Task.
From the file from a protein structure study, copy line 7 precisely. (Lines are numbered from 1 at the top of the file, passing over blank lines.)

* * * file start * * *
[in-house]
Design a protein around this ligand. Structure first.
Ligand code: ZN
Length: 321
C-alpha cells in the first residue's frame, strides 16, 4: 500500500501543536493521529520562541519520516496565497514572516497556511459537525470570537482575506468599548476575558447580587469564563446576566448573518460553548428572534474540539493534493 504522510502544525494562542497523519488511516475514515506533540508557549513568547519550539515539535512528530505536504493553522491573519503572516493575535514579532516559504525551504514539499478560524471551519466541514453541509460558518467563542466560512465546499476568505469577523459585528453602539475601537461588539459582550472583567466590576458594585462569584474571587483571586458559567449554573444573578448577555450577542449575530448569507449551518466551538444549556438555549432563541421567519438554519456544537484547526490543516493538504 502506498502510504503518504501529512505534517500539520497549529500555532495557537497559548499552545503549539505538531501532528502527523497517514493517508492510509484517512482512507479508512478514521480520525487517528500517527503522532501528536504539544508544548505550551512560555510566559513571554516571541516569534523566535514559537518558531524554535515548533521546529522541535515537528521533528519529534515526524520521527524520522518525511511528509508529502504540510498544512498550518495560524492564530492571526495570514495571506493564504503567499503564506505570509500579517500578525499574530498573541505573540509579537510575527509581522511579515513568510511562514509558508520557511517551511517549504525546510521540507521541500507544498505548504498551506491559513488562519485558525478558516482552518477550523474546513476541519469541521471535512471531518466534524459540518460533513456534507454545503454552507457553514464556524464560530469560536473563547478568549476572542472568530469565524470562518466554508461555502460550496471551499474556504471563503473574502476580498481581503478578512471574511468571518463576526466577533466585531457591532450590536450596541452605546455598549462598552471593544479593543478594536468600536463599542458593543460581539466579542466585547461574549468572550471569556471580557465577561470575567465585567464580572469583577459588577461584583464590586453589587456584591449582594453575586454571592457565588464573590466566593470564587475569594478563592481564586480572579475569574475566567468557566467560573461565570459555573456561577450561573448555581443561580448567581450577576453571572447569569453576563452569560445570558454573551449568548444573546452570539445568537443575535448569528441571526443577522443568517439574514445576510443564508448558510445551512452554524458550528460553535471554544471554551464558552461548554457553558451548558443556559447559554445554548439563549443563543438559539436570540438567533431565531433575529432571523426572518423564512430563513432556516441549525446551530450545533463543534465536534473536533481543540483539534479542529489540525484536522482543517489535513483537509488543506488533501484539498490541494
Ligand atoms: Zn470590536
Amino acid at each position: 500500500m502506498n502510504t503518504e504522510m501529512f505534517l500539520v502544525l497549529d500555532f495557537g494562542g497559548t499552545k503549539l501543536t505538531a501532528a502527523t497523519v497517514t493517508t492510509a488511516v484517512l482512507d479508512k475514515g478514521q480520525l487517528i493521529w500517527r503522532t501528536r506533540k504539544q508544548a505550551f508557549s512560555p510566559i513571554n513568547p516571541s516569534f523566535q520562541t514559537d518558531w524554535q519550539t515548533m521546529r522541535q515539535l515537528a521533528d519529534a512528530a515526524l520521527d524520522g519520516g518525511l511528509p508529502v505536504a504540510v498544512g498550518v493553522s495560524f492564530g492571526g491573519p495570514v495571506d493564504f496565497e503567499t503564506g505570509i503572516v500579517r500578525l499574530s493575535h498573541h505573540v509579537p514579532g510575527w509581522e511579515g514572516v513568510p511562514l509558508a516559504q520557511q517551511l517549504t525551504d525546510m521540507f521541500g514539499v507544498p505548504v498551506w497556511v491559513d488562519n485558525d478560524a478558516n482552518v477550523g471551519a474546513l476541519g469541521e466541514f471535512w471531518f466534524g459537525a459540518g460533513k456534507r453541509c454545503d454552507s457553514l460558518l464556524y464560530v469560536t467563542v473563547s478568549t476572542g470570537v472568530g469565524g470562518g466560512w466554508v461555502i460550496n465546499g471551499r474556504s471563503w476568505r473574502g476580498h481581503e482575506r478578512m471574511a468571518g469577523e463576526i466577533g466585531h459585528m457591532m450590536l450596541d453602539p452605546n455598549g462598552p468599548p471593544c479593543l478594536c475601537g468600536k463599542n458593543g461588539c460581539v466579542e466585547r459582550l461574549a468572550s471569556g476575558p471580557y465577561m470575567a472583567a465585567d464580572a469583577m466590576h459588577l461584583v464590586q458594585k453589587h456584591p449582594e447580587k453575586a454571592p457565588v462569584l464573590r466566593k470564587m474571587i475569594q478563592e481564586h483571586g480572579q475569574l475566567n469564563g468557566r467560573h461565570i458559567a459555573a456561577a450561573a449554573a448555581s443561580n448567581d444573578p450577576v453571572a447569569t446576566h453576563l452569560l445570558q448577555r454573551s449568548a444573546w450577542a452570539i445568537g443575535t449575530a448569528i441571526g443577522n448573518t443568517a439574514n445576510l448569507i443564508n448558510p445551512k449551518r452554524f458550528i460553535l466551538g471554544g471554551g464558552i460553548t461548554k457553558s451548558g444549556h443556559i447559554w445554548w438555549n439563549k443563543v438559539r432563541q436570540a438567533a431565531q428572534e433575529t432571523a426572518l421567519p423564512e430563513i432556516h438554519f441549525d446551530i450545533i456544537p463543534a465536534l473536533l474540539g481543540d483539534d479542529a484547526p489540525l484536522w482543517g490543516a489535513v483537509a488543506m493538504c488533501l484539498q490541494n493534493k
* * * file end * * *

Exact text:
Amino acid at each position: 500500500m502506498n502510504t503518504e504522510m501529512f505534517l500539520v502544525l497549529d500555532f495557537g494562542g497559548t499552545k503549539l501543536t505538531a501532528a502527523t497523519v497517514t493517508t492510509a488511516v484517512l482512507d479508512k475514515g478514521q480520525l487517528i493521529w500517527r503522532t501528536r506533540k504539544q508544548a505550551f508557549s512560555p510566559i513571554n513568547p516571541s516569534f523566535q520562541t514559537d518558531w524554535q519550539t515548533m521546529r522541535q515539535l515537528a521533528d519529534a512528530a515526524l520521527d524520522g519520516g518525511l511528509p508529502v505536504a504540510v498544512g498550518v493553522s495560524f492564530g492571526g491573519p495570514v495571506d493564504f496565497e503567499t503564506g505570509i503572516v500579517r500578525l499574530s493575535h498573541h505573540v509579537p514579532g510575527w509581522e511579515g514572516v513568510p511562514l509558508a516559504q520557511q517551511l517549504t525551504d525546510m521540507f521541500g514539499v507544498p505548504v498551506w497556511v491559513d488562519n485558525d478560524a478558516n482552518v477550523g471551519a474546513l476541519g469541521e466541514f471535512w471531518f466534524g459537525a459540518g460533513k456534507r453541509c454545503d454552507s457553514l460558518l464556524y464560530v469560536t467563542v473563547s478568549t476572542g470570537v472568530g469565524g470562518g466560512w466554508v461555502i460550496n465546499g471551499r474556504s471563503w476568505r473574502g476580498h481581503e482575506r478578512m471574511a468571518g469577523e463576526i466577533g466585531h459585528m457591532m450590536l450596541d453602539p452605546n455598549g462598552p468599548p471593544c479593543l478594536c475601537g468600536k463599542n458593543g461588539c460581539v466579542e466585547r459582550l461574549a468572550s471569556g476575558p471580557y465577561m470575567a472583567a465585567d464580572a469583577m466590576h459588577l461584583v464590586q458594585k453589587h456584591p449582594e447580587k453575586a454571592p457565588v462569584l464573590r466566593k470564587m474571587i475569594q478563592e481564586h483571586g480572579q475569574l475566567n469564563g468557566r467560573h461565570i458559567a459555573a456561577a450561573a449554573a448555581s443561580n448567581d444573578p450577576v453571572a447569569t446576566h453576563l452569560l445570558q448577555r454573551s449568548a444573546w450577542a452570539i445568537g443575535t449575530a448569528i441571526g443577522n448573518t443568517a439574514n445576510l448569507i443564508n448558510p445551512k449551518r452554524f458550528i460553535l466551538g471554544g471554551g464558552i460553548t461548554k457553558s451548558g444549556h443556559i447559554w445554548w438555549n439563549k443563543v438559539r432563541q436570540a438567533a431565531q428572534e433575529t432571523a426572518l421567519p423564512e430563513i432556516h438554519f441549525d446551530i450545533i456544537p463543534a465536534l473536533l474540539g481543540d483539534d479542529a484547526p489540525l484536522w482543517g490543516a489535513v483537509a488543506m493538504c488533501l484539498q490541494n493534493k